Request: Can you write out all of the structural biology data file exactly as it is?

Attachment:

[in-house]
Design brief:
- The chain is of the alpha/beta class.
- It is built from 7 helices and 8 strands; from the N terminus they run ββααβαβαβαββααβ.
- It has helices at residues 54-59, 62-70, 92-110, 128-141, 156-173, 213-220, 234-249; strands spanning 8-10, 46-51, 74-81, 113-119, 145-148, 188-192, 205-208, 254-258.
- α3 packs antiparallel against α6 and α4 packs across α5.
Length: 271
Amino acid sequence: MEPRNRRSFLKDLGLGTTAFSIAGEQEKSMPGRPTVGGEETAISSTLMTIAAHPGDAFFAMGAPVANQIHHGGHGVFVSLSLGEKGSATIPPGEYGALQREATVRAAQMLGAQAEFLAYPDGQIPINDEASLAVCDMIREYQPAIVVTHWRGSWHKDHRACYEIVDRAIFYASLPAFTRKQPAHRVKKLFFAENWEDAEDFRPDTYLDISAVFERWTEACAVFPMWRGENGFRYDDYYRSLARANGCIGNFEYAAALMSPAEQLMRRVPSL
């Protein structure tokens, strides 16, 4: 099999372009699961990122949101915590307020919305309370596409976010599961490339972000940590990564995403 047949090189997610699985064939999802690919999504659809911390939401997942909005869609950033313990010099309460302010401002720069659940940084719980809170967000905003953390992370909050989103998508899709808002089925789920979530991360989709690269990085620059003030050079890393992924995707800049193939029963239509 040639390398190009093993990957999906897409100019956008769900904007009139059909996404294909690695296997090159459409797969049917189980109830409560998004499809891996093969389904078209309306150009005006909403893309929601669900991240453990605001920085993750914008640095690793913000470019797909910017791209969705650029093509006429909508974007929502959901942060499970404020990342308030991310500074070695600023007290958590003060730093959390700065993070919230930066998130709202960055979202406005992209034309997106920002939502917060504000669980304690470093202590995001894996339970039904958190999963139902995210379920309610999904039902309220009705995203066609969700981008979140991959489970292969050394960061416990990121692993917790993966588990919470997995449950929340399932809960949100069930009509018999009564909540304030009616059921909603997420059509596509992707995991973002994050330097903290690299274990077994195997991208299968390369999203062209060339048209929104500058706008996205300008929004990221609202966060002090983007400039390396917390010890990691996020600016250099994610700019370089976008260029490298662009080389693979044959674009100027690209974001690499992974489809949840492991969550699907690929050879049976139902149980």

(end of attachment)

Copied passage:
[in-house]
Design brief:
- The chain is of the alpha/beta class.
- It is built from 7 helices and 8 strands; from the N terminus they run ββααβαβαβαββααβ.
- It has helices at residues 54-59, 62-70, 92-110, 128-141, 156-173, 213-220, 234-249; strands spanning 8-10, 46-51, 74-81, 113-119, 145-148, 188-192, 205-208, 254-258.
- α3 packs antiparallel against α6 and α4 packs across α5.
Length: 271
Amino acid sequence: MEPRNRRSFLKDLGLGTTAFSIAGEQEKSMPGRPTVGGEETAISSTLMTIAAHPGDAFFAMGAPVANQIHHGGHGVFVSLSLGEKGSATIPPGEYGALQREATVRAAQMLGAQAEFLAYPDGQIPINDEASLAVCDMIREYQPAIVVTHWRGSWHKDHRACYEIVDRAIFYASLPAFTRKQPAHRVKKLFFAENWEDAEDFRPDTYLDISAVFERWTEACAVFPMWRGENGFRYDDYYRSLARANGCIGNFEYAAALMSPAEQLMRRVPSL
């Protein structure tokens, strides 16, 4: 099999372009699961990122949101915590307020919305309370596409976010599961490339972000940590990564995403 047949090189997610699985064939999802690919999504659809911390939401997942909005869609950033313990010099309460302010401002720069659940940084719980809170967000905003953390992370909050989103998508899709808002089925789920979530991360989709690269990085620059003030050079890393992924995707800049193939029963239509 040639390398190009093993990957999906897409100019956008769900904007009139059909996404294909690695296997090159459409797969049917189980109830409560998004499809891996093969389904078209309306150009005006909403893309929601669900991240453990605001920085993750914008640095690793913000470019797909910017791209969705650029093509006429909508974007929502959901942060499970404020990342308030991310500074070695600023007290958590003060730093959390700065993070919230930066998130709202960055979202406005992209034309997106920002939502917060504000669980304690470093202590995001894996339970039904958190999963139902995210379920309610999904039902309220009705995203066609969700981008979140991959489970292969050394960061416990990121692993917790993966588990919470997995449950929340399932809960949100069930009509018999009564909540304030009616059921909603997420059509596509992707995991973002994050330097903290690299274990077994195997991208299968390369999203062209060339048209929104500058706008996205300008929004990221609202966060002090983007400039390396917390010890990691996020600016250099994610700019370089976008260029490298662009080389693979044959674009100027690209974001690499992974489809949840492991969550699907690929050879049976139902149980």